TAKHT BHAI, Pakistan: Conservation work has begun on an important 2,000-year-old Buddhist monastic site which will be a popular spot for families and tourists as well as historians and Buddhists from around the world.
At an altitude of 500 meters, the Takht Bhai archaeological site not only offers visitors a glimpse into the ancient times but also serves as a popular picnic and tourist spot.
The site is located about 2 kilometers east of the Takht Bhai bazaar in Mardan district of Khyber Pakhtunkhwa (KP) province, once known as the heart of the Gandhara civilization.
It is about 65 km to the north of Peshawar, the capital of KP.
People from different walks of life, including historians, archaeologists and tourists, arrive here while Buddhists from across the world visit it as part of their religious beliefs.
The visitors have to ascend about 300 steps on a hill to reach the archaeological “wonder.”
The Khyber Pakhtunkhwa Directorate of Archaeology has started work on Zone B of the famous archaeological site at Takht Bhai, which the United Nations included in the World Heritage List in 1980.
“Zone A was a 2,000-year old Buddhist monastery while Zone B was their residential area,” said senior archaeologist of the directorate Habibullah Khattak.
He added that the coins discovered from the area were from the period of Parthian king Gondophares in the 1st century AD.
He said that Buddhist civilization had spread to other parts of the world from Gandhara state.
Takht Bhai site is an ancient land and is very important for research purposes, said Khattak.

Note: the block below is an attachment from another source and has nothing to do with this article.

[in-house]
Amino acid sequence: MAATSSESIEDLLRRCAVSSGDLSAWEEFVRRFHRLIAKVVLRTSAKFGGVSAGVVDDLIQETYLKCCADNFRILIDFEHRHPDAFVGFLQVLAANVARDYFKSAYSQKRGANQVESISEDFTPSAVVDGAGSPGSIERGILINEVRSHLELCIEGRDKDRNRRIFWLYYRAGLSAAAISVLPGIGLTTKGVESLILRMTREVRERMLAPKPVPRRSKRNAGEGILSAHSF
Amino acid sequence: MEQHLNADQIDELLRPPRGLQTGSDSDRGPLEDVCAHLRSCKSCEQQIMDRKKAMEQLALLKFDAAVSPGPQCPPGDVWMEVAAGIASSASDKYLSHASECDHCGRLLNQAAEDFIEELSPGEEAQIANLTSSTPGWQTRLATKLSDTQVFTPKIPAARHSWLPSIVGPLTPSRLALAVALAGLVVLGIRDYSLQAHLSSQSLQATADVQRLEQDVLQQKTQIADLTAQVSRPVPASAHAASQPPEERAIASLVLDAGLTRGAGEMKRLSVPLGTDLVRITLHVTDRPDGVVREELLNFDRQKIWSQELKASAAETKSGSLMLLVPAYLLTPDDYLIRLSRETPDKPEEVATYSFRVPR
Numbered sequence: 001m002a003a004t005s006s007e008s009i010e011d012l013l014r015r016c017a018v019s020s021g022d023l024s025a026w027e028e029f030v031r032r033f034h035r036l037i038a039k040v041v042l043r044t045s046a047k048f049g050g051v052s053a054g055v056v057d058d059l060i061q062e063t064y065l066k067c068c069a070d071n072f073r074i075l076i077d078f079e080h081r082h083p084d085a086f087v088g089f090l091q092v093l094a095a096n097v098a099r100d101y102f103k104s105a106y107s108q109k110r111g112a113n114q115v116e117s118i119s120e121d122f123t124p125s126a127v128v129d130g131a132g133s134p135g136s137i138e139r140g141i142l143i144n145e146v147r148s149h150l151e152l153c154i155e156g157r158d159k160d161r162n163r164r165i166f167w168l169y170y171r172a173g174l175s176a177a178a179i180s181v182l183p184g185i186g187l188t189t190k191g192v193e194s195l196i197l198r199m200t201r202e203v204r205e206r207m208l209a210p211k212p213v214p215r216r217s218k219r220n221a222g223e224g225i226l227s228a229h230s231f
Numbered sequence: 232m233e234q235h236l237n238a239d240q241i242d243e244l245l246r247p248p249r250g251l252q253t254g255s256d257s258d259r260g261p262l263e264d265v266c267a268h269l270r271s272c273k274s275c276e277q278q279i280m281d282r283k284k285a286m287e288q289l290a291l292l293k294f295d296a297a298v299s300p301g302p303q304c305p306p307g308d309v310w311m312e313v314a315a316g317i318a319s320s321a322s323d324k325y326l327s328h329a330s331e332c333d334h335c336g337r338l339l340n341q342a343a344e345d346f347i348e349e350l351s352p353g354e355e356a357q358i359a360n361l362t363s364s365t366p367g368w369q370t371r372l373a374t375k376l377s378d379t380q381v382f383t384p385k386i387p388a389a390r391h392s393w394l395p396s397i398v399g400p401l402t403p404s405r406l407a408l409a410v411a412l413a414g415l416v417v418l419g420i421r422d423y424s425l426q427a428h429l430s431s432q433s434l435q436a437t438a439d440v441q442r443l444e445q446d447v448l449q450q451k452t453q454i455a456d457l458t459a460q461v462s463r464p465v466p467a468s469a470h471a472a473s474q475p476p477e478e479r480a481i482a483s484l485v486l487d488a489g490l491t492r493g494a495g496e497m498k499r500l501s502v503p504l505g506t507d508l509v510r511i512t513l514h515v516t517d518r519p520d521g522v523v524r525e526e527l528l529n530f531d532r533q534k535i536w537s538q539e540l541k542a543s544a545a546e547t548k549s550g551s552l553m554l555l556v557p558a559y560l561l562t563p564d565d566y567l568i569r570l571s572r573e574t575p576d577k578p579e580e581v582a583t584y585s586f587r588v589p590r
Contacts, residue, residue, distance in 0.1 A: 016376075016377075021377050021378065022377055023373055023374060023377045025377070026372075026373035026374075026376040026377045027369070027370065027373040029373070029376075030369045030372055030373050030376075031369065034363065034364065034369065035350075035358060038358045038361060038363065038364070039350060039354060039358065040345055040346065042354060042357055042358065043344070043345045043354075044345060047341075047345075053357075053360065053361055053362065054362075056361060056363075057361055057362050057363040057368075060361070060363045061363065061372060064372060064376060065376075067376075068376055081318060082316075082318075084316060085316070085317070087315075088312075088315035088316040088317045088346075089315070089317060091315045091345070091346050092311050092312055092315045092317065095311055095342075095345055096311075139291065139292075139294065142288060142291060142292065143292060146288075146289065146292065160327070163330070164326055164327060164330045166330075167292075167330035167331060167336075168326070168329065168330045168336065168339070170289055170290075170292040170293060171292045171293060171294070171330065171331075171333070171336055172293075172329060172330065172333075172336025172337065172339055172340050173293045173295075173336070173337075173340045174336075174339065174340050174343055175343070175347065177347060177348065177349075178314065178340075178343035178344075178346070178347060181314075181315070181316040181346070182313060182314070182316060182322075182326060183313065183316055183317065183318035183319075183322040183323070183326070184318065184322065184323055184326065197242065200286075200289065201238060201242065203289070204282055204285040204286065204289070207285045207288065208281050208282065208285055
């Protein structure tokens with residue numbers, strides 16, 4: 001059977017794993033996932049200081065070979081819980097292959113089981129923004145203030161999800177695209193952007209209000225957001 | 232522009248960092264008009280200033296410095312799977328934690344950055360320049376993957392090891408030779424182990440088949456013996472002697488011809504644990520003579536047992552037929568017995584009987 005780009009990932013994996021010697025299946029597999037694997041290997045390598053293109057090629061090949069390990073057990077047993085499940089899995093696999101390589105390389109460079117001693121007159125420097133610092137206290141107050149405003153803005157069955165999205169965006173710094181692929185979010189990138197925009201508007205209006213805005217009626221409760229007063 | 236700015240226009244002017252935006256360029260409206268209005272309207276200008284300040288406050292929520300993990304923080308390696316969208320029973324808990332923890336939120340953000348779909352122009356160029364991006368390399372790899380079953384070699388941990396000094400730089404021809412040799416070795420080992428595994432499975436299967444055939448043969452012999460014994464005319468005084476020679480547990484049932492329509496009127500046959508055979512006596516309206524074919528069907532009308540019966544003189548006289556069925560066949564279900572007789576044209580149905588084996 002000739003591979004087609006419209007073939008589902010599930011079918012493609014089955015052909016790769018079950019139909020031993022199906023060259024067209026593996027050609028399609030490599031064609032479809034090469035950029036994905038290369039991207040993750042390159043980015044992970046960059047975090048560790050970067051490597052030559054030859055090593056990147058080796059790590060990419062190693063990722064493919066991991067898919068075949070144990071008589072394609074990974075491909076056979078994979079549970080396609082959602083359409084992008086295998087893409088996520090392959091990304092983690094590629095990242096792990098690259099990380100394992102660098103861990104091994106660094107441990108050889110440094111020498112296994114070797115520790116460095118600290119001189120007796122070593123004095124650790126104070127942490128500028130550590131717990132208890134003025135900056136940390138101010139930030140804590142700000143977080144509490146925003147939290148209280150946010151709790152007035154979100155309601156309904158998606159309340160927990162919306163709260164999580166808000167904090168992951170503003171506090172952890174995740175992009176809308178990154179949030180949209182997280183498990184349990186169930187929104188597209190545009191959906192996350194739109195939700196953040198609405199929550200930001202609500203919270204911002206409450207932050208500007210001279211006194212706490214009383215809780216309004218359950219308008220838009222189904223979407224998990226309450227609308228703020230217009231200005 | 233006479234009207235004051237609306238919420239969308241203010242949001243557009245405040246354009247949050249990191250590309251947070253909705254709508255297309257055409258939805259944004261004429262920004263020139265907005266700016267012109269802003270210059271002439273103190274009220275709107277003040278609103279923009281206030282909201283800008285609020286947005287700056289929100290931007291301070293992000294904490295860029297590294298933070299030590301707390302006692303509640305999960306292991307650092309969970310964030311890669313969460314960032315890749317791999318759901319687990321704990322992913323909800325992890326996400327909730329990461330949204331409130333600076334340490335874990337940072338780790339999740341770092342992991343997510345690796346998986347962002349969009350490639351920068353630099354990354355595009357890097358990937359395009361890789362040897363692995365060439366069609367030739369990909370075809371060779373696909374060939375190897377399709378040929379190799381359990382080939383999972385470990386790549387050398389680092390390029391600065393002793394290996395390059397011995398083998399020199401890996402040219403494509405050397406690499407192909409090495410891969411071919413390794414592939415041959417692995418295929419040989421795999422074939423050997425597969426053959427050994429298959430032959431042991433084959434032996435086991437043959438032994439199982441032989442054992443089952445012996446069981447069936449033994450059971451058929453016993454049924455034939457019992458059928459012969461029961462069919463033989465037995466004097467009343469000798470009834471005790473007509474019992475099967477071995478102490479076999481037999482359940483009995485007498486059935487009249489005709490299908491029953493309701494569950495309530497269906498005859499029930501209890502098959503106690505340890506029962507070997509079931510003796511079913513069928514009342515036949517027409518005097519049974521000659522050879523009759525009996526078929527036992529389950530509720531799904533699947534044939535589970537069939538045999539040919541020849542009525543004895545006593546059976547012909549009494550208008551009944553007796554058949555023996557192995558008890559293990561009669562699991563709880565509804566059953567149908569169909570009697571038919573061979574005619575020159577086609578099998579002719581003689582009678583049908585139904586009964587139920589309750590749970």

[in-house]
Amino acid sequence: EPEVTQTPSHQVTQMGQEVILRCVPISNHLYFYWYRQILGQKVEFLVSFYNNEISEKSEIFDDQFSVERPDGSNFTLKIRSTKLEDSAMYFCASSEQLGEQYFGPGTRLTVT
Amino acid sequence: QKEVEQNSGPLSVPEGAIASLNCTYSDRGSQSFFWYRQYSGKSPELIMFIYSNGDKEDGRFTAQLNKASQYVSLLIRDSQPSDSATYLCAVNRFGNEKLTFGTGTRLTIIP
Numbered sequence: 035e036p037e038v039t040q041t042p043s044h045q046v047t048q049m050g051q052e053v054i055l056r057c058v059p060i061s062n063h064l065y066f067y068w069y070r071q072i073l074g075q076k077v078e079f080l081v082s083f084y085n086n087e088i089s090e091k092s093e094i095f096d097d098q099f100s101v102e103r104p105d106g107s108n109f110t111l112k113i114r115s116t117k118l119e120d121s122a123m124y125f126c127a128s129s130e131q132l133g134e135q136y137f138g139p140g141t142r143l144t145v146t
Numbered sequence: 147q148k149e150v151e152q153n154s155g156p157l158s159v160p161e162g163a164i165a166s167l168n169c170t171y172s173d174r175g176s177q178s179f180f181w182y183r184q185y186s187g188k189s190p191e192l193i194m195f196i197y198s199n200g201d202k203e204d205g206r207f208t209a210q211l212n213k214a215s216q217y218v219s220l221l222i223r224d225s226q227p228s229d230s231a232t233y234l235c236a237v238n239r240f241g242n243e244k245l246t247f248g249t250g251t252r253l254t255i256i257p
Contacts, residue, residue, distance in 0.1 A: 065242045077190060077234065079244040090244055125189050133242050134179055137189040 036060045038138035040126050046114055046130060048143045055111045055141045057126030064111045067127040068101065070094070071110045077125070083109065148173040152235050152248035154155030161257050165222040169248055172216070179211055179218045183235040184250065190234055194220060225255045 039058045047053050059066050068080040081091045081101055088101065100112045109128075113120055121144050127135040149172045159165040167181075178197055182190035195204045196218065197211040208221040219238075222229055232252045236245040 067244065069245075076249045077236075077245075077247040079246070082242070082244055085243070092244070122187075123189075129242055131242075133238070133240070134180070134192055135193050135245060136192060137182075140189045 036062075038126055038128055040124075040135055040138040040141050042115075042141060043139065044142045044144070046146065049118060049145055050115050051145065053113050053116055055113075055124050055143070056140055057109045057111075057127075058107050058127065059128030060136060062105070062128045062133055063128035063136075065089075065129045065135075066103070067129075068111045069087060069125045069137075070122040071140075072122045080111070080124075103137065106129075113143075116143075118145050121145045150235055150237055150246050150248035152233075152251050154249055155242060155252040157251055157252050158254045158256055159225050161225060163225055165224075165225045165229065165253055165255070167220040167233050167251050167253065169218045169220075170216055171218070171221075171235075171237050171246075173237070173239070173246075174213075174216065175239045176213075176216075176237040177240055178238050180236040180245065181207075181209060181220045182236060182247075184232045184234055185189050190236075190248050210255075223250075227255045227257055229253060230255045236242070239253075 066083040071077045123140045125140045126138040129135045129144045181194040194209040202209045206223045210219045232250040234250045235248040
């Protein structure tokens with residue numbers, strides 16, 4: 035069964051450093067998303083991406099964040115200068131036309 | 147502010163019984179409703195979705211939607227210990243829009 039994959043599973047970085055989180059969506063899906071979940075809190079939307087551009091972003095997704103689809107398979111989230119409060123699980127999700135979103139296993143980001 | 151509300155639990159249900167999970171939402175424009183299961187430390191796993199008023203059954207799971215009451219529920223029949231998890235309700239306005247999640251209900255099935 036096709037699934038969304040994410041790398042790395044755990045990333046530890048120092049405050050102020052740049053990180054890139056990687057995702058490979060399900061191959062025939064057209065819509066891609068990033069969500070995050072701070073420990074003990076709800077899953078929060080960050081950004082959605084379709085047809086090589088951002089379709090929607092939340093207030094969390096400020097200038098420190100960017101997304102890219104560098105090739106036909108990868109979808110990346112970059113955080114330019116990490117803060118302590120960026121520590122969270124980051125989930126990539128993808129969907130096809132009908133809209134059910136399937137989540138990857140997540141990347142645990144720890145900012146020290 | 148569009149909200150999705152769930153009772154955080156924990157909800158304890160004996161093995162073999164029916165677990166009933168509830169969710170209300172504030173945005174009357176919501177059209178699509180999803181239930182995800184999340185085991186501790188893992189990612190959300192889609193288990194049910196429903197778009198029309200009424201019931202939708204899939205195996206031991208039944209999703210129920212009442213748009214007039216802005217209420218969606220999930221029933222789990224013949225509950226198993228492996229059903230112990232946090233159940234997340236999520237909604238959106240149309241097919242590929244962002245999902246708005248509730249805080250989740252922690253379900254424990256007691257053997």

“Through conservation of this site, we also promote a soft image of Pakistan,” he said. “People from our country are known as people of Gandhara in the modern world.”
He said the Buddhist civilization was destroyed by Hindus in the 7th century.
Qaiser Khan, project director of the site’s Zone B, said that the project commenced on July 1, 2017, and will conclude by the end of this year.
The project has different components such as conservation, archaeological work, cleaning and awareness, for which separate budgets are released.
“The budget is released quarterly. During the past nine months, Rs6 million ($51,903) has been spent on conservation alone,” he added.
Research officer of the KP Archaeology Directorate Nawazud Din told Arab News that the ancient site of Gandhara civilization was discovered in 1836 by a French army officer named General Cort. Excavation work on the site started in 1872 during the British rule in the subcontinent.
“Each visitor is charged Rs20 for an entry ticket. For photographs at the site, a visitor can be charged Rs300, while bridal photography and commercial videography can cost up to Rs30,000 each,” he said.